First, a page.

This section is from the book "A Treatise On Architecture And Building Construction Vol2: Masonry. Carpentry. Joinery", by The Colliery Engineer Co. Also available from Amazon: A Treatise On Architecture And Building Construction.
179. Concrete containing iron or steel wires, rods, netting, etc. embedded in it, is now extensively used for floor construction, and in many respects is equal to tile-arch floors, and is cheaper. One form consists in the use of wires or bars to suspend the floor from wall to wall, or between girders, taking up the tensile stress which the concrete itself is unable to withstand. Another method is to support the concrete on wire netting, or expanded metal, fastened to the beams. The earliest form of concrete floor was the Hyatt system, in which thin plates of iron, set upright, and bound together at short intervals by wires - thus forming a kind of gridiron - were placed in the concrete near the bottom, and rested on the beams at both ends.
The Ransome Floor. From the Hyatt floor, above mentioned, was developed the Ransome floor, the difference being in the use of twisted square bars of iron or steel, instead of flat bars set on edge. Owing to the twisting throughout the length of the bars, they are held firmly in place in the concrete, and are as strong as the plates and wire, besides costing much less. These floors have been used without intermediate supports for spans up to about 35 feet, and are remarkably stiff under heavy loads. A floor 15 ft. X 22 ft. was loaded for a month with a weight of over 400 pounds per square foot, the resulting deflection being only about 1/8 inch.
In Fig. 86 (a) is shown the ordinary Ransome floor, a being the concrete, and b the twisted bars, inserted near the bottom of the slab, to take up the tension.
Fig. 86 (b) shows the same system applied to a panel floor, which is considerably stronger than the flat form.
The Lee Floor. Another method of floor construction, in which use is made of iron or steel rods, is shown in Fig. 87, and is known as the Lee floor. In this system, hollow tiles a are substituted for concrete, and are supported by round rods b, two or more of which are twisted together, the ends being attached to the walls or girders. Quarter-round grooves are formed in the lower corners of the tiles for the cables, which are spaced from 8 to 12 inches apart, depending on the size of the tile. When in place, the cables are covered with cement concrete c, which, with the plaster, forms an effective protection.
The Metropolitan Floor. This system is shown in Fig. 88. At (a) is shown the first stage of construction. Light cables, spaced from 1 inch to 1 1/2 inches apart, and consisting of two No. 12 gauge galvanized-iron wires twisted together, as shown at a, are attached to the upper flanges b of the beams by means of hooks, shown at c, about 3 inches long, and made of 1/4-inch square iron. In order to stretch the cables equally, a bar or pipe is laid centrally between the I beams, as shown at d. Centers are then suspended, under the cables, and a composition made of 1 part of wood shavings and 5 parts of plaster of Paris, mixed to a thin paste with water, is then applied. This sets very quickly, and the floor is sufficiently strong to be used soon after it is formed. In this system the beams require no tie-rods, as floor loads, being transmitted vertically, cause no side thrust, as do arches, while the tendency to pull over the top of the beams is counteracted by the rods and hooks in the adjacent panels. The ordinary thickness of this floor is 4 inches, the floorbeams being spaced about 5 or 6 feet apart. As the beams are generally more than 4 inches deep, wire netting is wrapped around them, as shown at a in (b), Fig. 88, to hold the plaster of Paris composition, which surrounds and effectually protects the beams.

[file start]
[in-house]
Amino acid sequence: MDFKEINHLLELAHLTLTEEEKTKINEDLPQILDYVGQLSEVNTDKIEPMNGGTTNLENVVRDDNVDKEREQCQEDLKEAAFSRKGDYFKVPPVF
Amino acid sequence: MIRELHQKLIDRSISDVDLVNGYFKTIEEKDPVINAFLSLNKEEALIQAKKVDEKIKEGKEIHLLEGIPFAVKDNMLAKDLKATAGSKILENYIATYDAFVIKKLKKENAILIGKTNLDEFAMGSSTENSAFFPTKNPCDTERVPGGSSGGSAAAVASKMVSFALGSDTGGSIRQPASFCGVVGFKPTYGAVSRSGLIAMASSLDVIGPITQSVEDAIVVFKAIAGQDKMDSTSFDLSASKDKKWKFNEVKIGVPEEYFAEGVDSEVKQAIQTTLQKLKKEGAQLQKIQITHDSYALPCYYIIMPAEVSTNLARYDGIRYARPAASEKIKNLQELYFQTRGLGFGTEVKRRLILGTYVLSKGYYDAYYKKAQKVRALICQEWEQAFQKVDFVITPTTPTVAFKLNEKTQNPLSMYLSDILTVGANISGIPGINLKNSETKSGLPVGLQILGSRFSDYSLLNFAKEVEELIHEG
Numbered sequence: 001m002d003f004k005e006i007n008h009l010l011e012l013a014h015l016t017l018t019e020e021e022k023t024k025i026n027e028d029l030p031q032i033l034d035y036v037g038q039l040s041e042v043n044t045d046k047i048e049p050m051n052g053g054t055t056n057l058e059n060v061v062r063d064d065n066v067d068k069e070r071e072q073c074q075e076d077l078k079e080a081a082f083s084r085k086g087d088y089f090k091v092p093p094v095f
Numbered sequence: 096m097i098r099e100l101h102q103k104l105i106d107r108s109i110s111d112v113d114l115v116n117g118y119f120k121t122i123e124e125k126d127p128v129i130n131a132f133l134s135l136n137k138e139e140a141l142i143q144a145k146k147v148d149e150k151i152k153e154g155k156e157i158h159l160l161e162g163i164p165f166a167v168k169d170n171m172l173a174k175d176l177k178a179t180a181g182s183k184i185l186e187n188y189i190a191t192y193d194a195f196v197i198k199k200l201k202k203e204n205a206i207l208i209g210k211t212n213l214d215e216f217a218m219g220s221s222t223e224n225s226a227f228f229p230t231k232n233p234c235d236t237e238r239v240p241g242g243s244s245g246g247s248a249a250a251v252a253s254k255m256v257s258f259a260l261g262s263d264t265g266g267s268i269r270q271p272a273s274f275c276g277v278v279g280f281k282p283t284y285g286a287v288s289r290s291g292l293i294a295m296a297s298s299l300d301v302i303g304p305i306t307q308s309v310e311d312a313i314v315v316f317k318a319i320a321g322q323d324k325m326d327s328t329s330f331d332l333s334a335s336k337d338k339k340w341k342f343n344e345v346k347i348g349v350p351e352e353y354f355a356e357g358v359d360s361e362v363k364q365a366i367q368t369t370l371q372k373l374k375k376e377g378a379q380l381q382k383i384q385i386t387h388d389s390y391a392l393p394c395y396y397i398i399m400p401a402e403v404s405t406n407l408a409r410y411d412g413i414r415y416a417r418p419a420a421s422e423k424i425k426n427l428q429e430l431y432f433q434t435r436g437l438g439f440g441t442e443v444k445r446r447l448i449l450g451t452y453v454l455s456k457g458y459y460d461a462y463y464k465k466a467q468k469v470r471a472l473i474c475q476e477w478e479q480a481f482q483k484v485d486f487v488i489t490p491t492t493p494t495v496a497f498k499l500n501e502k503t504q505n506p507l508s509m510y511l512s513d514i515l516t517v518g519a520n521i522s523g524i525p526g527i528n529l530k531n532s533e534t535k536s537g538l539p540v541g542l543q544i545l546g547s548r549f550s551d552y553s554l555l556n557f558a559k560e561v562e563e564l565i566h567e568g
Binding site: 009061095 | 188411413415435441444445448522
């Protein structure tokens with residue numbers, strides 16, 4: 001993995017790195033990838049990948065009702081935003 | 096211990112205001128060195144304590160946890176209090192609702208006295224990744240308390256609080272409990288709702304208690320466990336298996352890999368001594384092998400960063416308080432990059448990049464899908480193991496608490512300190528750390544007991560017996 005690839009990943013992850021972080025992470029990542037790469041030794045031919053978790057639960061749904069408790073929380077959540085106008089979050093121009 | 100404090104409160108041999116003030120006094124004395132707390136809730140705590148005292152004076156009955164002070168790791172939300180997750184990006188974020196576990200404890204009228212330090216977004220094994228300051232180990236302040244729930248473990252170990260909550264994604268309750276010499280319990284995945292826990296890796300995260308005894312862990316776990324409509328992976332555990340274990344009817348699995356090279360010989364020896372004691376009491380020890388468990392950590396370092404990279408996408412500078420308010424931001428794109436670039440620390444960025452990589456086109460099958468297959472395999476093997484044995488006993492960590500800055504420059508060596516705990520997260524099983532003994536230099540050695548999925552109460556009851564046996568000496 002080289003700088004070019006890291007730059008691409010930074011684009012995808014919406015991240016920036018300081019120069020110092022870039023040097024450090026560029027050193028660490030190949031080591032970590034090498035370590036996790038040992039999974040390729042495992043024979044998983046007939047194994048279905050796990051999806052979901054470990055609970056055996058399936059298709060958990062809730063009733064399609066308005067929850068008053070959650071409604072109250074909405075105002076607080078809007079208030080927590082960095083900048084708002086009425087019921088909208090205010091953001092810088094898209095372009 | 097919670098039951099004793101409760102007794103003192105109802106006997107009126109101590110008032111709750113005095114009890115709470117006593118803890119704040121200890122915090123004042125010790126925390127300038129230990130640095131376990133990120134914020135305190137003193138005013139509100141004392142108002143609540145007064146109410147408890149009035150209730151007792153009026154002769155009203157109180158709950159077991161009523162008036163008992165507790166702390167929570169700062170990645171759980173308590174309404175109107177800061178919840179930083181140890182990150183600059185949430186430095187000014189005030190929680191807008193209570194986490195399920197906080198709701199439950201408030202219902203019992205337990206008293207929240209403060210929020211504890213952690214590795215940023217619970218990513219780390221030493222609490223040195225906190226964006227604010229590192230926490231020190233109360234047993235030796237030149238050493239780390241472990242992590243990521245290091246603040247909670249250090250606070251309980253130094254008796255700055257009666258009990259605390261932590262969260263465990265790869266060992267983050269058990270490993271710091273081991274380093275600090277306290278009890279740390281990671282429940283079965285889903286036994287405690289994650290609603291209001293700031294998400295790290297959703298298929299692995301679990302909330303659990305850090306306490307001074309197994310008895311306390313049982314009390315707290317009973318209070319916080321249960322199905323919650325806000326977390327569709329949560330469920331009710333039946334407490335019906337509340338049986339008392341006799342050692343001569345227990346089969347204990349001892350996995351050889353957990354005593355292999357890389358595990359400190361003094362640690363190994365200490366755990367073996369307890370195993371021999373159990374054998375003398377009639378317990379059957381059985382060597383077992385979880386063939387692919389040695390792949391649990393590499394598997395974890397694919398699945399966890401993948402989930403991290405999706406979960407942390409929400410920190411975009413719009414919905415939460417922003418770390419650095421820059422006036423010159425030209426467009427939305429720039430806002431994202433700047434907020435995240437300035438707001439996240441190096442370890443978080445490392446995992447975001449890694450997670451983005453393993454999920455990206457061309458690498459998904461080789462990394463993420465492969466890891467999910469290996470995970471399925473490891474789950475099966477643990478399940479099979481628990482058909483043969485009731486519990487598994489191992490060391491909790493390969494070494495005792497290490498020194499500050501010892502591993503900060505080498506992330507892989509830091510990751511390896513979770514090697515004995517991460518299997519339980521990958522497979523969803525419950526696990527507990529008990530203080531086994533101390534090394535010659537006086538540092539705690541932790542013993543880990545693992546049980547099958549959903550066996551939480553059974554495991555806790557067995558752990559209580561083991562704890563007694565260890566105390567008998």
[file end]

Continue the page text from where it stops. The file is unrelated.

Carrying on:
At (b) is shown the completed floor, with a panel ceiling beneath. When a flat ceiling is desired, it is made as represented in (c), Fig. 88; a shows a flat bar, set on the lower flange of the I beams, and carrying the wire netting b, that serves as a support for the ceiling composition, which is laid on forms placed under the beams. The thickness of this coating is about 1 1/2 inches, 1 inch being below the lower flanges of the beams.
183. This floor has a great many points of superiority over other floors, the chief ones being its lightness and strength. The average weight of the plate forming the floor is 18 pounds per square foot, and that of the ceiling plate, exclusive of plastering, 6 pounds. The great saving in weight may be seen by comparing these Figures with those for dense tile arches, given heretofore.
The breaking load on a floor of this kind is about 1,500 pounds per square foot, with plates 4 inches thick and 6 feet span. In some instances as much as 2,000 pounds per square foot have been carried safely. This floor construction is entirely fireproof, and, on the whole, is one of the very best systems yet introduced.
184. The principle of the Metropolitan floor is utilized in other constructions, which, however, make use of cement concrete in place of plaster, and expanded metal or wire netting instead of wire rods, to resist the tensile stress.
In all floors made of concrete, plaster, or tile, with steel or iron tension rods, the two materials should be closely united, so that the bars or wires will not draw through the concrete, and thus destroy the rigidity of the floor. For this reason, the bars in the Ransome floor, and the wires in the Metropolitan floor, are twisted, and wire netting, etc. provided in other forms, all serving to resist the slipping tendency. Furthermore, to obtain complete adhesion of concrete to metal, it is necessary that the materials and workmanship be first class in all respects.